2 stars, only because of an impartiality to the Mafia genre, b
Steve Farawell
Oct 18, 2014 Steve Farawell rated it it was amazing
Shelves: philip-carlo
very interesting about Mafia life. had my attention all through the book ,page after page.
Jul 29, 2008 Mike rated it liked it
Another stroke job book written by a mobster who tries to save his own ass by ratting on his associates. Just like every book written by these greased guinas they go through the whole book saying how they hate rats and everyone loved them then in the end they turn on there friends. Anthony Casso was one of the top Luchesse crime family bosses (The same crime family that Goodfellas was written about). He ended up getting screwed by the government on his plea deal which I find pretty funny and he ...more
Karen S
Nov 29, 2014 Karen S rated it it was ok
Jan 25, 2009 Avi rated it really liked it
Easy to read, short chapters, and very interesting, although the end of the book tended to drag a little, and overall the book tended to be repetitive. It is also intersting how the author paints the book's main character as a stand up guy, while the vast majorty of his adversaries are described as crazy, psychopaths, etc. In this way, the book was clearly one-sided. With that said, it is a very good read, a gripping story, and highly recommended. I give it an 8 on a scale of 1-10.
Sep 18, 2014 Yvonne rated it liked it
Interesting, but poorly written with too much repetition.
Oct 30, 2008 Miguelani rated it it was amazing
Recommends it for: All Italians looking for a heritage boost.
Recommended to Miguelani by: Myself
This book really is about confessions. Anthony Casso's life brought up by the New York Mob Familios. He is noticed by almost every family his skills in shooting, street smarts and also control of money and buisness. The story is told through the eyes of a narerater. The theme is about what the Italianos familios had to do to get some respect around the USA. Its the main word and the true story of all Italianos e' Italiana's.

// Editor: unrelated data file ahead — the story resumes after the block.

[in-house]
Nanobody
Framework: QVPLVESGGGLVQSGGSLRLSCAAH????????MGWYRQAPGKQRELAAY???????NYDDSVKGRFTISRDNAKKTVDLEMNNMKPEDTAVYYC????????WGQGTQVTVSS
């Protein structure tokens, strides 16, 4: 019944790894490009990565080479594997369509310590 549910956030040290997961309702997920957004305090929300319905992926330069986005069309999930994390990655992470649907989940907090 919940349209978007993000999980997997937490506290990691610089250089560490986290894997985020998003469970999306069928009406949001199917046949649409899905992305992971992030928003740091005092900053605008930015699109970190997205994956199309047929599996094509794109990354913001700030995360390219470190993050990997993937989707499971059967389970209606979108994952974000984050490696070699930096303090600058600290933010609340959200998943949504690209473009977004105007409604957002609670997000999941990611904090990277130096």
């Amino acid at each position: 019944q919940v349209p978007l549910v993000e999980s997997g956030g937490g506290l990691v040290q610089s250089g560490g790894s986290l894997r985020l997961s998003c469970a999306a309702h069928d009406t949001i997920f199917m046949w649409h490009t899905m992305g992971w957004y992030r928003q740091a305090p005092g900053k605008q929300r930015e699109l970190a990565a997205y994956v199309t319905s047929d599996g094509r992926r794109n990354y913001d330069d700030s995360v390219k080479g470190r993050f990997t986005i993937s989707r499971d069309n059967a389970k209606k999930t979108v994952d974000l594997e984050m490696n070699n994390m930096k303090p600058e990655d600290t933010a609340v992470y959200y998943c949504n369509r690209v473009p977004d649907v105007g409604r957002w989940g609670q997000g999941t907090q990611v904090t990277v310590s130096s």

Latino Amore eterno
Jan 16, 2013 Kerry rated it liked it
I picked this book up after I had read The Iceman. I tried to read it twice before I actually got past the first 3 chapters, and once I was 'into' it I found this book is not as well written but still enjoyable all the same. I found a few things repetitive but I think I would still be enticed to read another Philip Carlo book again. Overall I would recommend Philip Carlo but wouldn't suggest you start with this particular book.
Klaytan Phillips
Nov 20, 2011 Klaytan Phillips rated it it was amazing
I thought it was a good book kept me on the edge of my seat i love mafia books and this one was a good book. it tought me abouyt mafia leaders and it showed me alot about mafia leaders and what they do and what there tought proces is behind leading a mob. i would read this book agagain it was that good to me. i recomend this book to any body that likes mafia type stuff.